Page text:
The film and TV world was hit hard last weekend. On Saturday, it was announced that beloved comic actor Fred Willard had passed away at the age of 86 from natural causes. Then, almost immediately after that news broke came word that indie filmmaker and prolific TV director Lynn Shelton had died unexpectedly at age 54 from a previously unknown blood disorder.
Shelton’s shocking death is truly a tragedy. She’d been making films and directing TV for 15 years, and it seemed like she had decades more work in her. After recently directing “Little Fires Everywhere,” she was at work on a script with her partner and creative collaborator Marc Maron, and on Monday, Maron released an episode of his long-running podcast, “WTF with Marc Maron” in tribute to Shelton, a rerelease of their very first conversation, recorded in 2015.
Shelton burst onto the indie scene with “Humpday” in 2009 (available free on Tubi), and then followed that up with a prolific burst of filmmaking. The love triangle dramedy “Your Sister’s Sister” starring Rosemarie Dewitt, Mark Duplass and Emily Blunt (available for rent on iTunes, Amazon, YouTube, Google Play) is one of her best, as is the incredibly moving “Touchy Feel” (free on Tubi), in which Dewitt plays a massage therapist who loses her ability to touch others, and tries everything to get it back. The utterly charming “Laggies,” starring Kiera Knightley in an understated indie role, is available to watch on Netflix.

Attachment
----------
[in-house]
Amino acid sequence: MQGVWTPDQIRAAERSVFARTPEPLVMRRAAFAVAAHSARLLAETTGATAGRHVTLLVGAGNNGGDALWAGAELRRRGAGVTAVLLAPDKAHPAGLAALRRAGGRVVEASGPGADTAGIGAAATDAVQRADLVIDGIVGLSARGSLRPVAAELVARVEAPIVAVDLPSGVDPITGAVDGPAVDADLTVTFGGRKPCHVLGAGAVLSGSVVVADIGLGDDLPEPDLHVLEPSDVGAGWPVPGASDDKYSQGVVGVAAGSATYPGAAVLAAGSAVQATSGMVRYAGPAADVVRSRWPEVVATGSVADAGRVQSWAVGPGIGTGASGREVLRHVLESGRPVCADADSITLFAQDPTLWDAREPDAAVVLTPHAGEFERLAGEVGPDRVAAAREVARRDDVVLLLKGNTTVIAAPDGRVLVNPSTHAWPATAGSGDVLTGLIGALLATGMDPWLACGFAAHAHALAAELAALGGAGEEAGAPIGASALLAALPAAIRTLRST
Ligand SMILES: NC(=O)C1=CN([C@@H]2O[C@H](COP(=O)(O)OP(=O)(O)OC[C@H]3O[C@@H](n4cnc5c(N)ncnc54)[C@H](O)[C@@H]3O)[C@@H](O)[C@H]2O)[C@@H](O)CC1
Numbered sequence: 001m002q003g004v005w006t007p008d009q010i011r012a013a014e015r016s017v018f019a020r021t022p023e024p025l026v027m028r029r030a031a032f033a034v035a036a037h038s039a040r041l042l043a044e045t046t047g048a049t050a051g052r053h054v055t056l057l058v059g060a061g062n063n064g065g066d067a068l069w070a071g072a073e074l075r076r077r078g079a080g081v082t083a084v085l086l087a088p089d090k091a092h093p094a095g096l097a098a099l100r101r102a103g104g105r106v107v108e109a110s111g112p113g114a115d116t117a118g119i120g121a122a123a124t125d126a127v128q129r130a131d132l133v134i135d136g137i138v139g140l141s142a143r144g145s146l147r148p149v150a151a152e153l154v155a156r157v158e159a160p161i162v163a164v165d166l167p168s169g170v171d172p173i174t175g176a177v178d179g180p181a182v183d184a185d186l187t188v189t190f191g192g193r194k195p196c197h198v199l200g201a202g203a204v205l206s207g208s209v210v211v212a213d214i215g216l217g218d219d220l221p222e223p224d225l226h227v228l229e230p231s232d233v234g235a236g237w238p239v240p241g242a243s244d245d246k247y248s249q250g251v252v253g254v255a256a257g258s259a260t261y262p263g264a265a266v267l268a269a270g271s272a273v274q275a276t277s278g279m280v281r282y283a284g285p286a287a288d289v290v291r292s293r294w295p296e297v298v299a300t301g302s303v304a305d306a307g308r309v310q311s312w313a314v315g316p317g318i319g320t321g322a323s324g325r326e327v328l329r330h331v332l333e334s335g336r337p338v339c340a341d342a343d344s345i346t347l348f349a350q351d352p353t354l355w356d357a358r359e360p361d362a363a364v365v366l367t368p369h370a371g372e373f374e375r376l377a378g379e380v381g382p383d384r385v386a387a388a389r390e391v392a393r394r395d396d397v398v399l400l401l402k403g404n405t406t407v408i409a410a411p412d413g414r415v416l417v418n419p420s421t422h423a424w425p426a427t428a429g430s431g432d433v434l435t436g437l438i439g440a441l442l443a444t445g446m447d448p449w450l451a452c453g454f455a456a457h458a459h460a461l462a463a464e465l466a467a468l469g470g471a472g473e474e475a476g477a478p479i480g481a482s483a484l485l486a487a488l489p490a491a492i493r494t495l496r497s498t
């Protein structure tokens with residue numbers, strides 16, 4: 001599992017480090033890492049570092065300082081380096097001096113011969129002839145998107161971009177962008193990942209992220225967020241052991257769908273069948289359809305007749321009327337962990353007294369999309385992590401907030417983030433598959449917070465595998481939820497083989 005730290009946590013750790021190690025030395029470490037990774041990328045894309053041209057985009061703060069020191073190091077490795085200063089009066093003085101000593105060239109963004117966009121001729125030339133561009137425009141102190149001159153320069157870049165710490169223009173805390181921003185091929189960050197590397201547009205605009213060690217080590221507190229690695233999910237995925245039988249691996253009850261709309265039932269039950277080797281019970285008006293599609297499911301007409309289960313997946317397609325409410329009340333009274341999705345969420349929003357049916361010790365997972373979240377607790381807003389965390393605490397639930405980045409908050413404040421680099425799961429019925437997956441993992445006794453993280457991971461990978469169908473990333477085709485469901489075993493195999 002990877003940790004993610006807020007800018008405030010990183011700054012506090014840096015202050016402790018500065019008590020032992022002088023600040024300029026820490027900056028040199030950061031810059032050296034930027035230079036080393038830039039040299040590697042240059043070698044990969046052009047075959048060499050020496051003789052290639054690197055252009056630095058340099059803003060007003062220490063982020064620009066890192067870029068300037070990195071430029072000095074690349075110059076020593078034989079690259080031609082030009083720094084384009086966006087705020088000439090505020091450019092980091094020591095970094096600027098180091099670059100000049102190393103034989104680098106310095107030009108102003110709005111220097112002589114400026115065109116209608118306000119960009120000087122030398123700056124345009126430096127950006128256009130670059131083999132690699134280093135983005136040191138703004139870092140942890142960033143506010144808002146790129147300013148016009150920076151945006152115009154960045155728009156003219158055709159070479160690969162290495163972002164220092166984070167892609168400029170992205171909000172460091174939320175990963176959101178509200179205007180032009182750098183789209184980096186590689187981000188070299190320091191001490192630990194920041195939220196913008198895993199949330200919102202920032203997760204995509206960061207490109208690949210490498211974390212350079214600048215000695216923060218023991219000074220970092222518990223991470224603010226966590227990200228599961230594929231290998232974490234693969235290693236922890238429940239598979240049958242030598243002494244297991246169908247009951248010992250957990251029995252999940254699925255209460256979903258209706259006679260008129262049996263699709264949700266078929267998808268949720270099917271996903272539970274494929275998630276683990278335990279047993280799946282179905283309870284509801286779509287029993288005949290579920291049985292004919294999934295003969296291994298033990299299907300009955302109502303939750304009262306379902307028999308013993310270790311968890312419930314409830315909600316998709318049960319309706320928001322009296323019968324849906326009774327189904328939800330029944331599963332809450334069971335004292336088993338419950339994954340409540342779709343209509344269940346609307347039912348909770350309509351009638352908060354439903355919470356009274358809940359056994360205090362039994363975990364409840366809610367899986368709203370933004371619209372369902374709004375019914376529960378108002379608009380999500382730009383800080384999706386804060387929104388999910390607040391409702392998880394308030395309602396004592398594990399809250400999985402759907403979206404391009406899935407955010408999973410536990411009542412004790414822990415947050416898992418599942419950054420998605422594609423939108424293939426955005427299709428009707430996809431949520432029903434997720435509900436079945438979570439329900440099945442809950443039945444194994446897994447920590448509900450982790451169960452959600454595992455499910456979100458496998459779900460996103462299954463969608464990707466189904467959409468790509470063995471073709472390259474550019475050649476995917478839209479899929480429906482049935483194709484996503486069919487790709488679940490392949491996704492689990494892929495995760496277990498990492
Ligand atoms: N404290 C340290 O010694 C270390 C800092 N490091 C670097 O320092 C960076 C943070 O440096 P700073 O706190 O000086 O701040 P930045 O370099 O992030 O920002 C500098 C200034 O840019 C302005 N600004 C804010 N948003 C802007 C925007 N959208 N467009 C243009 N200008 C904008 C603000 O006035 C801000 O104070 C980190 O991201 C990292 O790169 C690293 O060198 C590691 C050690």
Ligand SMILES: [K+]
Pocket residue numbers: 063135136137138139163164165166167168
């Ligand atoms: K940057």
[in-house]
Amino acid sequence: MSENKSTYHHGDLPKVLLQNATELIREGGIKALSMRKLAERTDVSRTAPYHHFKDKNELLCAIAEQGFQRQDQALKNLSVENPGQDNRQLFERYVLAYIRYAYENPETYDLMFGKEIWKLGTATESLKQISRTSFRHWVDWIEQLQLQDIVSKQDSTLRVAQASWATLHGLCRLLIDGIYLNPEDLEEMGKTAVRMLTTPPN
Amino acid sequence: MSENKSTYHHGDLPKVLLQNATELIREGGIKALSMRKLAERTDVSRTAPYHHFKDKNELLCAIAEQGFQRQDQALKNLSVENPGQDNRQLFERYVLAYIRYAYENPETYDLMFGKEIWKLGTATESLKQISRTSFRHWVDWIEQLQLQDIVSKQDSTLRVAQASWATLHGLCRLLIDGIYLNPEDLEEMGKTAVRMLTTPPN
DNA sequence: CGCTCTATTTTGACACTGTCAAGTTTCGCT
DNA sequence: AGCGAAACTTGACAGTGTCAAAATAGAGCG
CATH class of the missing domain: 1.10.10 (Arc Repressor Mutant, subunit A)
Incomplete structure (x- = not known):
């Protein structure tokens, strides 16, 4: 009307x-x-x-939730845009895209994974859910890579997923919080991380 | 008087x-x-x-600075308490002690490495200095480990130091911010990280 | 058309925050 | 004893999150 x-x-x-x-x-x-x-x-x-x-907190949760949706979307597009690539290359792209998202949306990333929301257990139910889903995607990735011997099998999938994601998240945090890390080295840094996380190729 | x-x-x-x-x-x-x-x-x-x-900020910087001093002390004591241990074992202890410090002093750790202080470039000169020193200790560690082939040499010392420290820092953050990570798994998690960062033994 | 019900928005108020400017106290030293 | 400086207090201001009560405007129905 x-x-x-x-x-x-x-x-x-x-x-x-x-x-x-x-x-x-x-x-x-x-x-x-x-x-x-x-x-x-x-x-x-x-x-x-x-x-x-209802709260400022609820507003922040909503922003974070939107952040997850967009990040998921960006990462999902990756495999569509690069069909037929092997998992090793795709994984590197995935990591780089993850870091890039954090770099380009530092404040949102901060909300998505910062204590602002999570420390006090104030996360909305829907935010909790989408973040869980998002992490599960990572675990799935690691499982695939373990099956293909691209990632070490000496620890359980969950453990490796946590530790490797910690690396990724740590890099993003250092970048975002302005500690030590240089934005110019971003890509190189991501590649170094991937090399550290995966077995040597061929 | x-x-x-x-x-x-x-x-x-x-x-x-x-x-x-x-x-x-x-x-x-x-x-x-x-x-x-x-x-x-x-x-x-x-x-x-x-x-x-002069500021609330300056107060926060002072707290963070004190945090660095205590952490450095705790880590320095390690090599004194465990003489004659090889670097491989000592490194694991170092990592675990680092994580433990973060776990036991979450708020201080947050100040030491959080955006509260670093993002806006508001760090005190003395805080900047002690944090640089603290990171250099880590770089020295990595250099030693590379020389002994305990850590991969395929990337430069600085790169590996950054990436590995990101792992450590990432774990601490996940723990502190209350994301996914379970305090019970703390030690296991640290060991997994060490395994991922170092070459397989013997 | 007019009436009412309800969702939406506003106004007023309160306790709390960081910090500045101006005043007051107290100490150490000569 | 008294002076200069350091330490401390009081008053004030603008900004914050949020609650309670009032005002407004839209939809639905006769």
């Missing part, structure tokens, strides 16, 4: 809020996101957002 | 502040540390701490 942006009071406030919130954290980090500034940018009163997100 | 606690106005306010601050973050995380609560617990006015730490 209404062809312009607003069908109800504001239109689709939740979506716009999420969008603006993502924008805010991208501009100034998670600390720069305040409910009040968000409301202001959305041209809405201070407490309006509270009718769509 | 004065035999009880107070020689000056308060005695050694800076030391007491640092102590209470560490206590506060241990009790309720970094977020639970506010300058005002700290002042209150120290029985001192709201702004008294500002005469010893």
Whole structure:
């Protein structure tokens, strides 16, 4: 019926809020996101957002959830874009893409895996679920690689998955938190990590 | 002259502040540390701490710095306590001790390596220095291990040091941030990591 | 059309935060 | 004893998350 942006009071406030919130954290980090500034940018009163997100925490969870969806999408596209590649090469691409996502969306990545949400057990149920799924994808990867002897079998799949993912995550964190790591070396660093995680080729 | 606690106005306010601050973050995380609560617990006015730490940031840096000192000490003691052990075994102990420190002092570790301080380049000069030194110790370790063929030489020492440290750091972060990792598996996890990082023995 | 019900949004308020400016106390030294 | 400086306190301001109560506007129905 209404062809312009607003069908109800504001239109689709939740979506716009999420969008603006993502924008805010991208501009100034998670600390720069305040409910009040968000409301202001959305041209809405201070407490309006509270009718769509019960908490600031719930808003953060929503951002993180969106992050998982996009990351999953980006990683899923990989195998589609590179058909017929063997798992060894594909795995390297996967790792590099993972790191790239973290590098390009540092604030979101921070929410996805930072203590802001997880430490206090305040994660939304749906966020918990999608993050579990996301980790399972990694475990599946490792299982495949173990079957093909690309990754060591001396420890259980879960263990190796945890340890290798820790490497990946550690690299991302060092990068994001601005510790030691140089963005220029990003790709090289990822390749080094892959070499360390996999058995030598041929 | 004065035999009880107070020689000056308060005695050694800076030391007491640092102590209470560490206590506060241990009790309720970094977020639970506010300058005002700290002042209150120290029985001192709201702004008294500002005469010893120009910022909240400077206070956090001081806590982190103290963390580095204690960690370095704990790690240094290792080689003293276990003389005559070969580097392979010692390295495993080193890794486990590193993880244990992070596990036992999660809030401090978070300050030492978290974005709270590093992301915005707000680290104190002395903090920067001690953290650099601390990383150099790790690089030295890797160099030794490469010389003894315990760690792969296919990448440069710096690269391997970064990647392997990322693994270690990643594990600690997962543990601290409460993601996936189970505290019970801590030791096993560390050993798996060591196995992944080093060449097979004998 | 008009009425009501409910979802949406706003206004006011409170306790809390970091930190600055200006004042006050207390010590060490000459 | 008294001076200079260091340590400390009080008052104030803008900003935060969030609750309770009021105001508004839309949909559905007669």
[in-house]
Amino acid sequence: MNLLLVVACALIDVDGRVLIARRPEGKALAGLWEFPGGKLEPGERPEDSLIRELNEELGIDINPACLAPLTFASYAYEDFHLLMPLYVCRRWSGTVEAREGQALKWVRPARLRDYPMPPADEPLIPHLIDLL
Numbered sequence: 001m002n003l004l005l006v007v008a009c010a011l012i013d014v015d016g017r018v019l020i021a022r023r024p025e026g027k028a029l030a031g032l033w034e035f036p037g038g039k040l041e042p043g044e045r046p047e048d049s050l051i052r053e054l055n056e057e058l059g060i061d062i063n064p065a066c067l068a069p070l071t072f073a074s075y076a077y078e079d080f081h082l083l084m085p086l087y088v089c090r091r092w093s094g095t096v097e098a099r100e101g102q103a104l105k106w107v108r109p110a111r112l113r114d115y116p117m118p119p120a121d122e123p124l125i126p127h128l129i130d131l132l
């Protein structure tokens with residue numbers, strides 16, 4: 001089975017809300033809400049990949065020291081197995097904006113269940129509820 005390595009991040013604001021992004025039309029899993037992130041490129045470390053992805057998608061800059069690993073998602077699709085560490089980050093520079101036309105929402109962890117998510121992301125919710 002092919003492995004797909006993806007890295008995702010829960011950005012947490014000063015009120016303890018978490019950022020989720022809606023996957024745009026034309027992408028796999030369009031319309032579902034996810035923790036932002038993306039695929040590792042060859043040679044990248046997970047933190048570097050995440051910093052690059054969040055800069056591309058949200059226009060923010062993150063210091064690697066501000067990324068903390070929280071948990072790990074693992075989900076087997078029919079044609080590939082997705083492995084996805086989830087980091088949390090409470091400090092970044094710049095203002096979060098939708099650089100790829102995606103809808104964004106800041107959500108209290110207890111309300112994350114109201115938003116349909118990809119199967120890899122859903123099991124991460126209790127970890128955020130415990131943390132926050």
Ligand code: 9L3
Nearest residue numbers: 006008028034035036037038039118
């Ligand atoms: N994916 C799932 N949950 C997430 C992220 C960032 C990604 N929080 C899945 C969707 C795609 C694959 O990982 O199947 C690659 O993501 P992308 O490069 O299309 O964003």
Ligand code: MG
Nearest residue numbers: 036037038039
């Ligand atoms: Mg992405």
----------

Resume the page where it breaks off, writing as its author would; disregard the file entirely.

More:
For a few stress-relieving laughs, celebrate the career of the inimitable Willard. His longtime collaboration with Christopher Guest started with a small but memorable role in Rob Reiner’s “This is Spinal Tap” (rent it on iTunes, Vudu, Google Play, YouTube), and he co-starred in “Waiting For Guffman,” “For Your Consideration” (both free on Vudu, available for rent on all other platforms) and “A Mighty Wind,” but he is totally unforgettable as the unfiltered announcer in Guest’s best film, “Best in Show” (both are available for rent on Amazon, iTunes, YouTube, Vudu, Google Play). Now is a great time to introduce your teenager to the comedy of Christopher Guest, which is basically required for life, and extremely funny.
Binging all of Willard’s work, it’s clear that no one delivered a punchline like he did.